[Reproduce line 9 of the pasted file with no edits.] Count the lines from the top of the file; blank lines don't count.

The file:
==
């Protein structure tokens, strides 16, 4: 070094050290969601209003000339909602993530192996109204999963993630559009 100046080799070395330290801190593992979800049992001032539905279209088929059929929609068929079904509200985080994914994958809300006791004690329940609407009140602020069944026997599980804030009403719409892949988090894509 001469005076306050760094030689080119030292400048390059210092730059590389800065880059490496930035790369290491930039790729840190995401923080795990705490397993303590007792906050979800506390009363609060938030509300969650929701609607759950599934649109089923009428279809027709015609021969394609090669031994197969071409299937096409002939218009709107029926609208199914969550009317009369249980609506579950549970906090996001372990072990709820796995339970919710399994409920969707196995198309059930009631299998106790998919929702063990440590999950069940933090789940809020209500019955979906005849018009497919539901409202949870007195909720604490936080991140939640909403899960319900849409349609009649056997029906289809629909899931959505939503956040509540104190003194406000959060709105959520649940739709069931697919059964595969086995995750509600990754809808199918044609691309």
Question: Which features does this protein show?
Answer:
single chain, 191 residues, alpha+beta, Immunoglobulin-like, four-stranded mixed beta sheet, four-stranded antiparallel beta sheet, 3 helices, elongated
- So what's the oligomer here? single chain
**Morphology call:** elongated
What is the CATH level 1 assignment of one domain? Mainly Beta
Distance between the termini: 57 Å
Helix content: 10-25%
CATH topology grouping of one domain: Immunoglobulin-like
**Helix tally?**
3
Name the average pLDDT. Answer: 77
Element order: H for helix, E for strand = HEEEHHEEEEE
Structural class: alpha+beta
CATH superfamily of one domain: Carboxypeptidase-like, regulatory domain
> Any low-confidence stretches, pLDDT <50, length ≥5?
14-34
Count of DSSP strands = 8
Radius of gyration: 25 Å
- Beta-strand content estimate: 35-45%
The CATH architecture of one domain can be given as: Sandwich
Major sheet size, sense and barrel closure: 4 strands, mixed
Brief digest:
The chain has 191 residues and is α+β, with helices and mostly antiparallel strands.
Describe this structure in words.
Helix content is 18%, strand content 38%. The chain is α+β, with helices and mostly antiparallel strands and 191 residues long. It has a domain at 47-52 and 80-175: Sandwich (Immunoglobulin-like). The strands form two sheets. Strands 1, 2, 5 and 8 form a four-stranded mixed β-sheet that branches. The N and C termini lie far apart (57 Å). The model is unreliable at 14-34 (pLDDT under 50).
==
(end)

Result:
Helix content: 10-25%